As someone who is concerned about society’s tendency to over-simplify I was delighted by his early statement that “There’s no single, grand theory underpinning behavioural science. Instead there’s
...more
Umesh
Dec 20, 2019 rated it liked it
Richard Shotton, takes many of the well know Behavioural Biases theory and puts into a practical test and validate it. The book came in as highly recommended one but I was quite disappointed, as there is no original theory proposed rather it focus only on the applications of existing theories to product marketing. If you already following researcher/authors like Daniel kahneman or Richard Thaler (both of their work were mentioned in the book) you will find this book less interesting.

The
...more
John Griffiths
Jul 17, 2018 rated it really liked it
very thought provoking read which I enjoyed because of the systematic way it groups a whole lot of cognitive biasses together - references academic studies - adds practical surveys carried out by Richard Shotton himself for different ad agencies he has worked for and drops all of them into the framework of a single day of a typical person. Clever - the issue with so much behavioural economics is not being clear about the effect they are looking at and really how powerful it is. The book claims ...more
Pati Caceres
May 11, 2019 rated it it was amazing
I’m sure “The Choice Factory” by Richard Shotton will soon become an indispensable guide for anyone working in marketing and advertising. It provides insights on why some ideas work while others don’t - based on consumer behavioral bias that are not usually considered by creative teams (mostly because we don’t even know about them).

Every chapter is backed by data from real-life experiments, and more than once you’ll find yourself wondering “Why I didn’t think of that before?”.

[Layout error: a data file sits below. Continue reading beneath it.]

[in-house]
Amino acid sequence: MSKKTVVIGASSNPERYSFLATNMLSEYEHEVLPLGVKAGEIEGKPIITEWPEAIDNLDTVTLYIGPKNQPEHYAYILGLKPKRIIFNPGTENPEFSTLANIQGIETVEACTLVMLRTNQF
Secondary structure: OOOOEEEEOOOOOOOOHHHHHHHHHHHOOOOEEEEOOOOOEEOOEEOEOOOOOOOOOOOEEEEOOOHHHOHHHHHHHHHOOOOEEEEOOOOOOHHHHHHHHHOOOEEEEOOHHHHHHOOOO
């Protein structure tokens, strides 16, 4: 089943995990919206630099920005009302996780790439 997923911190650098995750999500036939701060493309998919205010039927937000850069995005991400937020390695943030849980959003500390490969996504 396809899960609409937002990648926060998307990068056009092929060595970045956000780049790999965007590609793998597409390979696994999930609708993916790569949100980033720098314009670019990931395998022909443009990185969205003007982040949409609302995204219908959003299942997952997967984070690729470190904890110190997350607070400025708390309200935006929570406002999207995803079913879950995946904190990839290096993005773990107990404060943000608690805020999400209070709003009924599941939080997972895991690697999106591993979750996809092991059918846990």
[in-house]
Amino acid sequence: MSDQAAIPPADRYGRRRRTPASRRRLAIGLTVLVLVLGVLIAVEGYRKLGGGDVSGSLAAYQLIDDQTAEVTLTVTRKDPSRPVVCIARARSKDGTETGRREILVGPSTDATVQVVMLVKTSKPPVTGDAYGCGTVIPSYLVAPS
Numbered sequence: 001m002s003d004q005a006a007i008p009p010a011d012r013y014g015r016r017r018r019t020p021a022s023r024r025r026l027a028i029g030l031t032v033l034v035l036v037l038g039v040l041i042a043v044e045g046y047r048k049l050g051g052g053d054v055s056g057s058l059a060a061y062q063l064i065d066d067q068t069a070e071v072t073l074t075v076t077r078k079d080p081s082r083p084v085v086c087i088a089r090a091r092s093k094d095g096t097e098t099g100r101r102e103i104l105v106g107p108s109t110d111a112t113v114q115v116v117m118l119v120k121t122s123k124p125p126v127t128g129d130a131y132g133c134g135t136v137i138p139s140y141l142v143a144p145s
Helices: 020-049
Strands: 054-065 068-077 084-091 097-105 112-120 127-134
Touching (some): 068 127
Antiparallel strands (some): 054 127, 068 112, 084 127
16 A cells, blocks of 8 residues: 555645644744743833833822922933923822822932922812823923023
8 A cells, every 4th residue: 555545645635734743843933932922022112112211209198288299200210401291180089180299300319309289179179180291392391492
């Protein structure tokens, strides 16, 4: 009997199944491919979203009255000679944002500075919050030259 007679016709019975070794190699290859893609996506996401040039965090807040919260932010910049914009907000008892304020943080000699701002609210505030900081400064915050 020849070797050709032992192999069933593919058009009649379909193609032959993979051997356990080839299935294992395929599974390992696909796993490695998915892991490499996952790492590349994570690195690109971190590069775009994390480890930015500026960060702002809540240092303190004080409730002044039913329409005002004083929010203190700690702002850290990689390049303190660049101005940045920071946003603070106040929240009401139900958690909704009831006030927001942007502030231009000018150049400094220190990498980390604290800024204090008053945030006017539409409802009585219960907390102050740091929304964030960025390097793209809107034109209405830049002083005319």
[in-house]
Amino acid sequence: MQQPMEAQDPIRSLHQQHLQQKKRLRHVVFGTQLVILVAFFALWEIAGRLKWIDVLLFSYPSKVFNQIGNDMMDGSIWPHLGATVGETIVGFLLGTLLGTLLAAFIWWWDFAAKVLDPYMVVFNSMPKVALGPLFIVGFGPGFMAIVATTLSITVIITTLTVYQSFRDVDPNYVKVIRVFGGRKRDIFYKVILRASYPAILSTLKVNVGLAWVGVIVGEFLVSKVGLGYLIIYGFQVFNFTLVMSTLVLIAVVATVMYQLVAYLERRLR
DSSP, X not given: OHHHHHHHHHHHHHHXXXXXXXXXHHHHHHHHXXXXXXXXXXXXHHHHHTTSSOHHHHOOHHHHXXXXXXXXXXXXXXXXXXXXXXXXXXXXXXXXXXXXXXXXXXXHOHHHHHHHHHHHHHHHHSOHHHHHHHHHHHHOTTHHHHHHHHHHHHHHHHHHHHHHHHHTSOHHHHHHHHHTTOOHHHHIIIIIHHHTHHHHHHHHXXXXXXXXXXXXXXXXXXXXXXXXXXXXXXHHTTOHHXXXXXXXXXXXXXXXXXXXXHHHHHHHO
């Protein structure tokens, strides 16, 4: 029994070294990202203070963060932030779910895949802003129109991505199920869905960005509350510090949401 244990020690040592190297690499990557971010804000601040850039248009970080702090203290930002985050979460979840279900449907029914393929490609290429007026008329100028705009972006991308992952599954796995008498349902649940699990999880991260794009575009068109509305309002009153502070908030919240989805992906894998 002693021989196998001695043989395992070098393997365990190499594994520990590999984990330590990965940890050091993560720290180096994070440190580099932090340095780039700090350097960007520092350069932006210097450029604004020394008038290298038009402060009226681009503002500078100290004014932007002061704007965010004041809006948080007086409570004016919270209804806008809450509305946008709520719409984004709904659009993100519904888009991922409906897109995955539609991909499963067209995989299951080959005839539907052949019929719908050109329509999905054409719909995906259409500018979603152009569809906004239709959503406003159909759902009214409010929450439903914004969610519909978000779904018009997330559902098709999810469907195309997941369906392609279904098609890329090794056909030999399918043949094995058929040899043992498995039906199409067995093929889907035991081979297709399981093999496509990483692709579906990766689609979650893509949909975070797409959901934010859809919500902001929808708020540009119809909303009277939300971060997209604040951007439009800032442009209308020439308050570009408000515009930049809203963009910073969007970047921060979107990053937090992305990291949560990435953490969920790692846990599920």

And my favorite
...more
Chris Rawlinson
Dec 12, 2018 rated it it was amazing
The Choice factory is essential reading if you have anything to do with advertising or marketing in general. In plane and easy to understand English is shares 25 practical examples of how you can use Behavioural Biases to help give you and your brand or product a competitive edge against the competition. The best thing is these tips more often than not require little to no money, and instead explains how by making small simple changes you can set a path for success. Everyone I know who has read ...more
Omar
Dec 13, 2019 rated it it was amazing
I really enjoyed and benefited a lot by reading this gem, there is intensive research behind it and many experiment revalidations which proof the literature concepts.

Each bias got a paragraph at the end that hooks you with the upcoming one. which will definitely make you go through the book unconsciously.

The How-to-apply section under each bias is very useful and related to real life in a very noticeable way.

In general, great book and for sure I will re-read it more than once in the future.
Katie
Jul 12, 2019 rated it liked it
Shelves: economics